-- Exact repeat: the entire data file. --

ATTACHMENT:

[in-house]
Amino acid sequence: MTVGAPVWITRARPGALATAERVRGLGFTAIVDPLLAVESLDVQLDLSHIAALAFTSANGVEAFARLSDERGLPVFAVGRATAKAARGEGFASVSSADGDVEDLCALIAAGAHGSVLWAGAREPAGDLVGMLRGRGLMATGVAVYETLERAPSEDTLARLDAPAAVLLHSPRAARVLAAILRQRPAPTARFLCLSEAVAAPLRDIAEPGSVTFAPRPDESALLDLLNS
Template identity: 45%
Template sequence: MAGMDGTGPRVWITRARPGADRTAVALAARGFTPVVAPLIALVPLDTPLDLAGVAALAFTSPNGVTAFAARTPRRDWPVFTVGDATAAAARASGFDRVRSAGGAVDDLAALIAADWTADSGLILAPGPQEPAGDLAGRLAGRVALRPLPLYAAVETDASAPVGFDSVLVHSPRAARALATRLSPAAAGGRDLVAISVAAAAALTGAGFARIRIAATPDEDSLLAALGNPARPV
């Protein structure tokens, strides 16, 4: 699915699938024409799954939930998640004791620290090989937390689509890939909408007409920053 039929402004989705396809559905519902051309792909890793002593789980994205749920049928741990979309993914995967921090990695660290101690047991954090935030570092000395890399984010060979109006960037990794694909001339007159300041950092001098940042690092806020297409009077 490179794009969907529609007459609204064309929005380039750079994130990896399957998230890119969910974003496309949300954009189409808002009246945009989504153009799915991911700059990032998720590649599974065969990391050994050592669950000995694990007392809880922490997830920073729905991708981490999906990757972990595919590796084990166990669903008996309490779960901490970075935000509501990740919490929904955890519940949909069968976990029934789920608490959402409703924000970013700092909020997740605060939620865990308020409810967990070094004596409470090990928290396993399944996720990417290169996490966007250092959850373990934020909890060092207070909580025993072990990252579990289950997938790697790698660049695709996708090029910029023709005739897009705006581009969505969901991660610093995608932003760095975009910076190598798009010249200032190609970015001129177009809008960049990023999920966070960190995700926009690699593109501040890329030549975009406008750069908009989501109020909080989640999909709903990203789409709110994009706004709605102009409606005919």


[in-house]
Amino acid sequence: MTVGAPVWITRARPGALATAERVRGLGFTAIVDPLLAVESLDVQLDLSHIAALAFTSANGVEAFARLSDERGLPVFAVGRATAKAARGEGFASVSSADGDVEDLCALIAAGAHGSVLWAGAREPAGDLVGMLRGRGLMATGVAVYETLERAPSEDTLARLDAPAAVLLHSPRAARVLAAILRQRPAPTARFLCLSEAVAAPLRDIAEPGSVTFAPRPDESALLDLLNS
Template identity: 45%
Template sequence: MAGMDGTGPRVWITRARPGADRTAVALAARGFTPVVAPLIALVPLDTPLDLAGVAALAFTSPNGVTAFAARTPRRDWPVFTVGDATAAAARASGFDRVRSAGGAVDDLAALIAADWTADSGLILAPGPQEPAGDLAGRLAGRVALRPLPLYAAVETDASAPVGFDSVLVHSPRAARALATRLSPAAAGGRDLVAISVAAAAALTGAGFARIRIAATPDEDSLLAALGNPARPV
């Protein structure tokens, strides 16, 4: 699915699938024409799954939930998640004791620290090989937390689509890939909408007409920053 039929402004989705396809559905519902051309792909890793002593789980994205749920049928741990979309993914995967921090990695660290101690047991954090935030570092000395890399984010060979109006960037990794694909001339007159300041950092001098940042690092806020297409009077 490179794009969907529609007459609204064309929005380039750079994130990896399957998230890119969910974003496309949300954009189409808002009246945009989504153009799915991911700059990032998720590649599974065969990391050994050592669950000995694990007392809880922490997830920073729905991708981490999906990757972990595919590796084990166990669903008996309490779960901490970075935000509501990740919490929904955890519940949909069968976990029934789920608490959402409703924000970013700092909020997740605060939620865990308020409810967990070094004596409470090990928290396993399944996720990417290169996490966007250092959850373990934020909890060092207070909580025993072990990252579990289950997938790697790698660049695709996708090029910029023709005739897009705006581009969505969901991660610093995608932003760095975009910076190598798009010249200032190609970015001129177009809008960049990023999920966070960190995700926009690699593109501040890329030549975009406008750069908009989501109020909080989640999909709903990203789409709110994009706004709605102009409606005919």